I'm glad to learn of your successful experiments with the UltraStable films. The fact that these (presensitized) color pigment films were made more than 15 years ago, and are still usable, illustrates another reason why dichromate
(which would have spontaneously hardened these gelatin emulsions in less than 48 hrs) was abandoned as a sensitizing agent.
My guess is that the stain you are seeing is a consequence of (a) washing out the exposed pigment film onto a gelatin coated paper (here, dye-transfer); (b) not clearing the print as described in the lab Manual (which unfortunately you do not have); and (c), as you said, the mordant may be playing a part (did you thoroughly wash the DT paper before using?).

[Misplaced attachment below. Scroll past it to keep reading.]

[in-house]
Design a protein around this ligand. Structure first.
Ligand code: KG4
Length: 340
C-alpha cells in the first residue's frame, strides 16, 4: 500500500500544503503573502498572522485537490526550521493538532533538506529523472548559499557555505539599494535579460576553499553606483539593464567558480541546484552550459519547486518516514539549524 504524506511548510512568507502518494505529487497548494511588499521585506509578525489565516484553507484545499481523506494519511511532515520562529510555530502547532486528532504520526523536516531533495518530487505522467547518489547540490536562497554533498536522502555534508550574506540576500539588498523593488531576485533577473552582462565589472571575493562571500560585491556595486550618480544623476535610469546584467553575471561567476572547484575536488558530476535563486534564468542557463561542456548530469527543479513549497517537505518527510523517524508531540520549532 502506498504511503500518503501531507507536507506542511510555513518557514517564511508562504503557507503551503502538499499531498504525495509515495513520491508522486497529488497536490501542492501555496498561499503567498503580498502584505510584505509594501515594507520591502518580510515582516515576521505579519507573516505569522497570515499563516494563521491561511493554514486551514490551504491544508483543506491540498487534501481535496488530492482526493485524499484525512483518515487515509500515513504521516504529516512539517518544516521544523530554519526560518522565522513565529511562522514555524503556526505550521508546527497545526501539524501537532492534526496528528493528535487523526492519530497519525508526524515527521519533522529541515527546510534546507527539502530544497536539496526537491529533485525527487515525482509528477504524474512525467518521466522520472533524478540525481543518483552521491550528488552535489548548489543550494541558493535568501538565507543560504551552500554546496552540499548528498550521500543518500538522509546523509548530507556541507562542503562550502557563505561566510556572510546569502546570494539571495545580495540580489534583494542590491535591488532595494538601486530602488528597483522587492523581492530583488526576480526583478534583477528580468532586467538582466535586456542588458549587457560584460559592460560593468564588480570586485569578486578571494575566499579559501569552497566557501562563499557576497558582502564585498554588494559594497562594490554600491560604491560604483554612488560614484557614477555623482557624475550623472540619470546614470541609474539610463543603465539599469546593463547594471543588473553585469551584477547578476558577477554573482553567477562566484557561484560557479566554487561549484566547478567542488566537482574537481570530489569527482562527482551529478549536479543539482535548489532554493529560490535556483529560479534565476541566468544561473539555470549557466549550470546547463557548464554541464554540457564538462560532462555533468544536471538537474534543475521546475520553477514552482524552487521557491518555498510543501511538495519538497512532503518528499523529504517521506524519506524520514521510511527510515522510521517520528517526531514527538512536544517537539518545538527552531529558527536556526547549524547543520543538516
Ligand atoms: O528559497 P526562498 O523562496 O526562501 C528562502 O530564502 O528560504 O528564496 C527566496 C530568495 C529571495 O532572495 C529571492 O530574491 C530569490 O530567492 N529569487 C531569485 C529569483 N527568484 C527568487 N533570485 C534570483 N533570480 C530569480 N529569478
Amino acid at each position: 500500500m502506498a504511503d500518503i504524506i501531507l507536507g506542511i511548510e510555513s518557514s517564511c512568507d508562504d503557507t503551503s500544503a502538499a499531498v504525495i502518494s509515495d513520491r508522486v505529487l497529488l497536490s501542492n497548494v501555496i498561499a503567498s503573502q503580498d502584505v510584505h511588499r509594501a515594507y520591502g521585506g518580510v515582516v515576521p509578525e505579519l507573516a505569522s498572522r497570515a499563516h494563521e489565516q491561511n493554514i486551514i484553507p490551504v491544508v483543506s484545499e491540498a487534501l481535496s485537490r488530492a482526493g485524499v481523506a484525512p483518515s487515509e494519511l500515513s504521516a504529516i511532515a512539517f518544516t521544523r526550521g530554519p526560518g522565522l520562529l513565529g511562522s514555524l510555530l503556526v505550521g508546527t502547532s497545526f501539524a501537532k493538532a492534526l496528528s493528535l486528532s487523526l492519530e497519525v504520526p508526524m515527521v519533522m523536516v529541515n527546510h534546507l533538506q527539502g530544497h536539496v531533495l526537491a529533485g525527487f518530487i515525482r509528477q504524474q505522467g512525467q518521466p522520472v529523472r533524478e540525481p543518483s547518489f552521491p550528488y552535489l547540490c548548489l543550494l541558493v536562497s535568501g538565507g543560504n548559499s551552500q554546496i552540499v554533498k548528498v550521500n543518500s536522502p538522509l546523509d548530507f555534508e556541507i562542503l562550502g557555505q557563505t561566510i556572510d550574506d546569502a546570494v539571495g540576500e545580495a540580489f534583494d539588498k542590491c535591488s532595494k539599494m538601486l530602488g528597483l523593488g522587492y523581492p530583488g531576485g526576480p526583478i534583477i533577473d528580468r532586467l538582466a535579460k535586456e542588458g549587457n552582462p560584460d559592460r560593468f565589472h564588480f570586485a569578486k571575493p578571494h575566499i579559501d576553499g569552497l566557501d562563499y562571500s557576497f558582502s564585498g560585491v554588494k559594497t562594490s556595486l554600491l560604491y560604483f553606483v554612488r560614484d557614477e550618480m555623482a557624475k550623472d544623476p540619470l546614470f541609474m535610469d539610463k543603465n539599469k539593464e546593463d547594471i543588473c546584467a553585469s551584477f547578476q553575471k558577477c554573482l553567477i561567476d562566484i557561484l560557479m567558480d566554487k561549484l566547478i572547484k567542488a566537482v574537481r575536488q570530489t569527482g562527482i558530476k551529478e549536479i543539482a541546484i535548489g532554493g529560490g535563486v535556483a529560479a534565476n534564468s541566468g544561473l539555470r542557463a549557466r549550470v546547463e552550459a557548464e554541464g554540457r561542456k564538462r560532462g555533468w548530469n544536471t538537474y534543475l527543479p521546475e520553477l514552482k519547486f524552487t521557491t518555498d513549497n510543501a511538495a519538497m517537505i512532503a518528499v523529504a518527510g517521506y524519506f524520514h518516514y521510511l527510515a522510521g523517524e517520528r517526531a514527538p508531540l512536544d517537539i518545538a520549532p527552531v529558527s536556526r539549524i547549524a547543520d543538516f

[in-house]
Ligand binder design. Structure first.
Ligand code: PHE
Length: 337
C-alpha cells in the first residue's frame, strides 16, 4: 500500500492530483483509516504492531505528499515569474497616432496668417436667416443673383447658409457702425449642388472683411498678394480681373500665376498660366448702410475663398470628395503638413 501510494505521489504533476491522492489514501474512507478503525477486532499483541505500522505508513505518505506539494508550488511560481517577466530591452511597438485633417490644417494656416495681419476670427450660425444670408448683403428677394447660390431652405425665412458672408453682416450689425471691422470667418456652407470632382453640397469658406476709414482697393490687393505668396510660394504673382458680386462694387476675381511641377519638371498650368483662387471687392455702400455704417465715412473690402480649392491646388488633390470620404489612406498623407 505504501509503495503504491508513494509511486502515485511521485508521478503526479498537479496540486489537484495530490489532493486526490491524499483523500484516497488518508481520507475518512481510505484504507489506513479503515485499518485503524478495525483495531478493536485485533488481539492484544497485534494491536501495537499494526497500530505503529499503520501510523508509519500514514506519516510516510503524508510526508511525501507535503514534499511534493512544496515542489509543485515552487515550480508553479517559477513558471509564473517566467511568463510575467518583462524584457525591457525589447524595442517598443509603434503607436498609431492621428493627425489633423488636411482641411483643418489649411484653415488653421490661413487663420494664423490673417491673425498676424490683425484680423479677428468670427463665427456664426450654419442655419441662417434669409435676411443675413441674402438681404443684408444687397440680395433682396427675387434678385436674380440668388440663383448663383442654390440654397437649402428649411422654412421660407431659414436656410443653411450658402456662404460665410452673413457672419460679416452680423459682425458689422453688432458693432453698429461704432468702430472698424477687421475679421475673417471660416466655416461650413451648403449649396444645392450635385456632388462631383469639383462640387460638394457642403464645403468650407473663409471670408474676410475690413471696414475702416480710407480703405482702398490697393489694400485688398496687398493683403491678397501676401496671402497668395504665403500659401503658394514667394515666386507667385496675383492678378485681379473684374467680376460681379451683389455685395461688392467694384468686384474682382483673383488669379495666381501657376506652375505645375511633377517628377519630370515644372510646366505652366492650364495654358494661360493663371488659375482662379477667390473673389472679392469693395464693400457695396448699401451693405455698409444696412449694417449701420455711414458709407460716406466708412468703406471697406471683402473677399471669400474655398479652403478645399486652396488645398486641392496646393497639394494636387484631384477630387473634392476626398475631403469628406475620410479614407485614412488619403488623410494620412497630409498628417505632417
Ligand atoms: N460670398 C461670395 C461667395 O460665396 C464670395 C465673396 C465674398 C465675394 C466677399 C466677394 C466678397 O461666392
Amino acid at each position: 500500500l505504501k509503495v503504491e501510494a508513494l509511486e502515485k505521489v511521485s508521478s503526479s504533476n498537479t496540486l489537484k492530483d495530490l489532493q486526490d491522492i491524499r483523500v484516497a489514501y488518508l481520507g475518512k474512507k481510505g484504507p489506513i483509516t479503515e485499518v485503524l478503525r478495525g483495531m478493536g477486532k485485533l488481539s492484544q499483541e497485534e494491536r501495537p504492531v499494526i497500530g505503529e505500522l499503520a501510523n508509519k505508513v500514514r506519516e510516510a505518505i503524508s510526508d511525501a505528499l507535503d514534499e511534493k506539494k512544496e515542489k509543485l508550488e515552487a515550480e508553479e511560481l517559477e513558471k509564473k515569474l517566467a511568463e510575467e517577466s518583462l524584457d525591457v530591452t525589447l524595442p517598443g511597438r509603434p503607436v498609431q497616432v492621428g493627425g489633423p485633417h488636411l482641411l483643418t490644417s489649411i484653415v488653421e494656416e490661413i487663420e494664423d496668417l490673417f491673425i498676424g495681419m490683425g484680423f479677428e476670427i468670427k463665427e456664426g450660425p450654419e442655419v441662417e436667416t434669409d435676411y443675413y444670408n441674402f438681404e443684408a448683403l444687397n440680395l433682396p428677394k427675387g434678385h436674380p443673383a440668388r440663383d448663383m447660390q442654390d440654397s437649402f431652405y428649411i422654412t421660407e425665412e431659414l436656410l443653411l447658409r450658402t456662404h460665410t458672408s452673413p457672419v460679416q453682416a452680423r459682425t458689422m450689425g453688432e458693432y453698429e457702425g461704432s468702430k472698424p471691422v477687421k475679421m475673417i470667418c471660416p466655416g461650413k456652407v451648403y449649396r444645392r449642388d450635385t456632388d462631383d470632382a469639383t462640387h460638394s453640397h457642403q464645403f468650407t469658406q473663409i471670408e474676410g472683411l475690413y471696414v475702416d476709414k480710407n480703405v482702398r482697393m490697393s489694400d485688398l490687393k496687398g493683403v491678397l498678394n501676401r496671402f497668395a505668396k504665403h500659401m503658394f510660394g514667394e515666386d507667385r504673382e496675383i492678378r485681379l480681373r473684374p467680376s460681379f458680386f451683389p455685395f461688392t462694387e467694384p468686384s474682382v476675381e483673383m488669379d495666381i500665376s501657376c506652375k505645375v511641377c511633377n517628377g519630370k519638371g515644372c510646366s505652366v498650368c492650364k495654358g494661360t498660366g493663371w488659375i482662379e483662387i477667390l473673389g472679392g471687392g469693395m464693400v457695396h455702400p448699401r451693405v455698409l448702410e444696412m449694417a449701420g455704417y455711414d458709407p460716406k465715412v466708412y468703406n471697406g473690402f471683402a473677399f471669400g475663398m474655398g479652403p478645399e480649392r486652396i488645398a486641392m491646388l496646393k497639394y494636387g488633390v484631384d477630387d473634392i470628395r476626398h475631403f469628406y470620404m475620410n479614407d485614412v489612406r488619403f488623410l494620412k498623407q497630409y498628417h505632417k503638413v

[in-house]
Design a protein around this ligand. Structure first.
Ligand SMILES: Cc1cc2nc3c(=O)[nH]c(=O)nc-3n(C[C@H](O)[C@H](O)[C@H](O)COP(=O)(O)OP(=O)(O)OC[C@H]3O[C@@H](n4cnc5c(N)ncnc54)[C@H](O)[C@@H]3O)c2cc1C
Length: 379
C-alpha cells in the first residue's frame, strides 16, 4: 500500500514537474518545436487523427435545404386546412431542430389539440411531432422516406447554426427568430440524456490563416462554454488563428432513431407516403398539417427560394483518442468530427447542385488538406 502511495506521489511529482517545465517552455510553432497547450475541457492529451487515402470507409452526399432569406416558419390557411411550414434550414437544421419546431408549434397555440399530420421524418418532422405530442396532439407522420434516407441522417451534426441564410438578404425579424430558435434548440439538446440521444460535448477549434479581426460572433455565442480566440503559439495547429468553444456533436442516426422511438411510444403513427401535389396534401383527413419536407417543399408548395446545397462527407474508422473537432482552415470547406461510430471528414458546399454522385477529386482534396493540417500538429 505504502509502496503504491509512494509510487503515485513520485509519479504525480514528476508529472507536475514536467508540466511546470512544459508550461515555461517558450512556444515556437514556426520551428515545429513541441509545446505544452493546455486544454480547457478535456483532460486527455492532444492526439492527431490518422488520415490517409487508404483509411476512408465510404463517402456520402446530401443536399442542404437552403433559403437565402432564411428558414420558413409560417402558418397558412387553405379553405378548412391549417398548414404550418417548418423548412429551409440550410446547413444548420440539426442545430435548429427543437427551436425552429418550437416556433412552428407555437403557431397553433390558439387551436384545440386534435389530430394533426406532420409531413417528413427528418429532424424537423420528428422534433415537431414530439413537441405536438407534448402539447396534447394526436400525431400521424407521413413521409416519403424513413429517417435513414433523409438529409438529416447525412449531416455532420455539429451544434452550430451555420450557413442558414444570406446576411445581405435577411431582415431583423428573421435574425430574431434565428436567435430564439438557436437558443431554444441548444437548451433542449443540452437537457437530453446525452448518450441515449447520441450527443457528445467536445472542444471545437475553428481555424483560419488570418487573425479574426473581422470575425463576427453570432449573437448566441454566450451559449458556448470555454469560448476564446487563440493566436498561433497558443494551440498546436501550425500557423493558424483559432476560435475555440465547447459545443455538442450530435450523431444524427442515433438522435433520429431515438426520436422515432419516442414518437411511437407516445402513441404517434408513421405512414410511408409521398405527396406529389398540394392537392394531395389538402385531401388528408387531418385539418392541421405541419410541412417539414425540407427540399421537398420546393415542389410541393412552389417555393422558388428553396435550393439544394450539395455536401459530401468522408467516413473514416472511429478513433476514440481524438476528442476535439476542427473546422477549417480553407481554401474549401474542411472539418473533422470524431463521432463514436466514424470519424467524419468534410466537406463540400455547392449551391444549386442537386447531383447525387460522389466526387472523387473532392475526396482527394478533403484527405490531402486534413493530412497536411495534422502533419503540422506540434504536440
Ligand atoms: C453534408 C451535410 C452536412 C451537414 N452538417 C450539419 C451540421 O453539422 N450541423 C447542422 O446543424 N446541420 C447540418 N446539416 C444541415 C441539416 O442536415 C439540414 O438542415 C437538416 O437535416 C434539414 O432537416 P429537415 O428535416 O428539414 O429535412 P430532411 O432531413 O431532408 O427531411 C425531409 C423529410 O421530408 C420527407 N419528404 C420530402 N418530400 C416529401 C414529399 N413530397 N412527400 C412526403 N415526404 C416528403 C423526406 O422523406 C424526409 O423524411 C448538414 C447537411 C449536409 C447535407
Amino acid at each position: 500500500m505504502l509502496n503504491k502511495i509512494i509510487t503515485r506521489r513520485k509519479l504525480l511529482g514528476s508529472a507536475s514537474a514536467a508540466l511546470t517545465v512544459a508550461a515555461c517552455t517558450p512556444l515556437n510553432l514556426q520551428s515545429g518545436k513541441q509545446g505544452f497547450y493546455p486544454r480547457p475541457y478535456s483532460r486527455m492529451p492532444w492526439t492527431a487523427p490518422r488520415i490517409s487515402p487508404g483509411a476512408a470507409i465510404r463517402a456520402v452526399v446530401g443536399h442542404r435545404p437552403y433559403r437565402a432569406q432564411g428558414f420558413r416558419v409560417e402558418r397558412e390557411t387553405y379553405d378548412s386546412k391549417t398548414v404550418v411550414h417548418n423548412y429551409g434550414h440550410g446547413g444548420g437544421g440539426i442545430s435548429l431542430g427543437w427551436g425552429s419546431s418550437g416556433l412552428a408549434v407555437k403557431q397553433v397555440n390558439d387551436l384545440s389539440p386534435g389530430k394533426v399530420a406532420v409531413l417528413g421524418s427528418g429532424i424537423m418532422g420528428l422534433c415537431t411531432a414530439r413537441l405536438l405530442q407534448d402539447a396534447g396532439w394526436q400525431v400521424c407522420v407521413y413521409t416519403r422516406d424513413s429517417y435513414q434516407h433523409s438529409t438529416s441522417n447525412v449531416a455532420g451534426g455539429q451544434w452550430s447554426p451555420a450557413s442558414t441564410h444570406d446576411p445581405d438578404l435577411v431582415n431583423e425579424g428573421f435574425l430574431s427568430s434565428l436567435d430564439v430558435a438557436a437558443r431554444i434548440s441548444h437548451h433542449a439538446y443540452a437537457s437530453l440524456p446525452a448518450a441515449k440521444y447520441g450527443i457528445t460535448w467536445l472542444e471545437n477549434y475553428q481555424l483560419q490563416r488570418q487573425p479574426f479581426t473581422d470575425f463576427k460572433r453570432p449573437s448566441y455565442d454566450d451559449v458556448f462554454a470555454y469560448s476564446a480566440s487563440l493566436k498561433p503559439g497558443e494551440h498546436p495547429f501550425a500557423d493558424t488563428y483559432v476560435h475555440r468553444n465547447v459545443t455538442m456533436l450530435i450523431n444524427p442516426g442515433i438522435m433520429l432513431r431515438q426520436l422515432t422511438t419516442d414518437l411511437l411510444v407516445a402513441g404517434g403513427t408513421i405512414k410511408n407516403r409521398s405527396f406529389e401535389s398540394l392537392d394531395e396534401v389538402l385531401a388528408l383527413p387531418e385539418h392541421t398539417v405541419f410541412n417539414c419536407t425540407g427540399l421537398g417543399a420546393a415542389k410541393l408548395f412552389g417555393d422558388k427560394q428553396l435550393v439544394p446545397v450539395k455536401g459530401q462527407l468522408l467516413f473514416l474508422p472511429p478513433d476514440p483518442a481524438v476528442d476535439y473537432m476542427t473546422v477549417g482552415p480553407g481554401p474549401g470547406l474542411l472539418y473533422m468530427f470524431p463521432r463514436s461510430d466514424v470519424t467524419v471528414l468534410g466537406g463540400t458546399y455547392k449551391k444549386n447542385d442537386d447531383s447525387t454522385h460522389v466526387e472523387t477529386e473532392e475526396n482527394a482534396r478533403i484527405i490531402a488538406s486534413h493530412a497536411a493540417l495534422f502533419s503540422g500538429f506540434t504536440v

I'm pretty sure the clearing baths will not remove sensitizer stain after this much post-processing time, but if you wish to try, here's a snip from the (soon to be posted) manual relevant to that protocol:
When all four colors have been processed and fully dried, residual
chemicals are removed by immersing the print in Clearing Bath A for
1 minute, followed by a brief cold water rinse and then placed in
Clearing Bath B for an additional minute. After a final rinse, the
print is dried and ready for finishing.
Stock Clearing Bath A:
Water (at 110 F) 930 ml
Potassium Permanganate 6 g
Sodium Chloride (Table Salt) 14 g
Stock Clearing Bath B:
Water (at 110 F) 940 ml
Sodium (Meta)Bisulfite 30 g
Sodium Sulfite 30 g
To make working solutions of A and B, dilute each in cold water at 1:20.